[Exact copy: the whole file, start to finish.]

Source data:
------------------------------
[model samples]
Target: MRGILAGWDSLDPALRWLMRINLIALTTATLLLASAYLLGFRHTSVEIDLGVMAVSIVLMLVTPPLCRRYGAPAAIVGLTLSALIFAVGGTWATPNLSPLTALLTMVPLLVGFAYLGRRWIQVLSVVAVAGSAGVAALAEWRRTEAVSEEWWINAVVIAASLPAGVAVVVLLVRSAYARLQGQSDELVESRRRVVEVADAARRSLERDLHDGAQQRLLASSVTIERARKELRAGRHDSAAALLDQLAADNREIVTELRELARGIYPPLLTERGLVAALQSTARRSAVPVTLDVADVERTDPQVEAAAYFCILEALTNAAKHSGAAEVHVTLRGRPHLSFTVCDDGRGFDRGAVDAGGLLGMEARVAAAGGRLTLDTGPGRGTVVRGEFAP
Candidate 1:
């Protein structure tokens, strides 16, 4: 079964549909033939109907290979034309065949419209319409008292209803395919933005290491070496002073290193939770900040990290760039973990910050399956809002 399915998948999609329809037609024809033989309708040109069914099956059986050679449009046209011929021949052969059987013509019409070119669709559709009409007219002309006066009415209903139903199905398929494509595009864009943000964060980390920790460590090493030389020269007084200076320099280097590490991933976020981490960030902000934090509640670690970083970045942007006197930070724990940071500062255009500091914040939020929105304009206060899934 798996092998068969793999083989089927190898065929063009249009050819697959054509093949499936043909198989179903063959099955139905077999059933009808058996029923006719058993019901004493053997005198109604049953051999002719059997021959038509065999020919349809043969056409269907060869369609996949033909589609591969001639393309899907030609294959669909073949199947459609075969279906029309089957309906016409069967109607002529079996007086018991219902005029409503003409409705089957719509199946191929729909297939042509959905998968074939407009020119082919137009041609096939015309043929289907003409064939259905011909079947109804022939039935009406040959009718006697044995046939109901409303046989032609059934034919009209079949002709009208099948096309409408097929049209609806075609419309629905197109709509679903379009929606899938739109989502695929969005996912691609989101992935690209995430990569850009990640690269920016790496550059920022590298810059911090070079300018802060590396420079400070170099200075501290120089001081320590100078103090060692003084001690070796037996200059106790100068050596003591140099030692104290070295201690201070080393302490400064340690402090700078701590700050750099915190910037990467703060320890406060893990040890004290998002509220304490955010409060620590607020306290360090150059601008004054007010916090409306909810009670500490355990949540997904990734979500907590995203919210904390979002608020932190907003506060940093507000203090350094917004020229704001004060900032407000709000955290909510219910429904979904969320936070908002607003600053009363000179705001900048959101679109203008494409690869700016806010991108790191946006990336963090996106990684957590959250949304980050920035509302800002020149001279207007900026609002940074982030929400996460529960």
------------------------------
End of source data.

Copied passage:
[model samples]
Target: MRGILAGWDSLDPALRWLMRINLIALTTATLLLASAYLLGFRHTSVEIDLGVMAVSIVLMLVTPPLCRRYGAPAAIVGLTLSALIFAVGGTWATPNLSPLTALLTMVPLLVGFAYLGRRWIQVLSVVAVAGSAGVAALAEWRRTEAVSEEWWINAVVIAASLPAGVAVVVLLVRSAYARLQGQSDELVESRRRVVEVADAARRSLERDLHDGAQQRLLASSVTIERARKELRAGRHDSAAALLDQLAADNREIVTELRELARGIYPPLLTERGLVAALQSTARRSAVPVTLDVADVERTDPQVEAAAYFCILEALTNAAKHSGAAEVHVTLRGRPHLSFTVCDDGRGFDRGAVDAGGLLGMEARVAAAGGRLTLDTGPGRGTVVRGEFAP
Candidate 1:
């Protein structure tokens, strides 16, 4: 079964549909033939109907290979034309065949419209319409008292209803395919933005290491070496002073290193939770900040990290760039973990910050399956809002 399915998948999609329809037609024809033989309708040109069914099956059986050679449009046209011929021949052969059987013509019409070119669709559709009409007219002309006066009415209903139903199905398929494509595009864009943000964060980390920790460590090493030389020269007084200076320099280097590490991933976020981490960030902000934090509640670690970083970045942007006197930070724990940071500062255009500091914040939020929105304009206060899934 798996092998068969793999083989089927190898065929063009249009050819697959054509093949499936043909198989179903063959099955139905077999059933009808058996029923006719058993019901004493053997005198109604049953051999002719059997021959038509065999020919349809043969056409269907060869369609996949033909589609591969001639393309899907030609294959669909073949199947459609075969279906029309089957309906016409069967109607002529079996007086018991219902005029409503003409409705089957719509199946191929729909297939042509959905998968074939407009020119082919137009041609096939015309043929289907003409064939259905011909079947109804022939039935009406040959009718006697044995046939109901409303046989032609059934034919009209079949002709009208099948096309409408097929049209609806075609419309629905197109709509679903379009929606899938739109989502695929969005996912691609989101992935690209995430990569850009990640690269920016790496550059920022590298810059911090070079300018802060590396420079400070170099200075501290120089001081320590100078103090060692003084001690070796037996200059106790100068050596003591140099030692104290070295201690201070080393302490400064340690402090700078701590700050750099915190910037990467703060320890406060893990040890004290998002509220304490955010409060620590607020306290360090150059601008004054007010916090409306909810009670500490355990949540997904990734979500907590995203919210904390979002608020932190907003506060940093507000203090350094917004020229704001004060900032407000709000955290909510219910429904979904969320936070908002607003600053009363000179705001900048959101679109203008494409690869700016806010991108790191946006990336963090996106990684957590959250949304980050920035509302800002020149001279207007900026609002940074982030929400996460529960």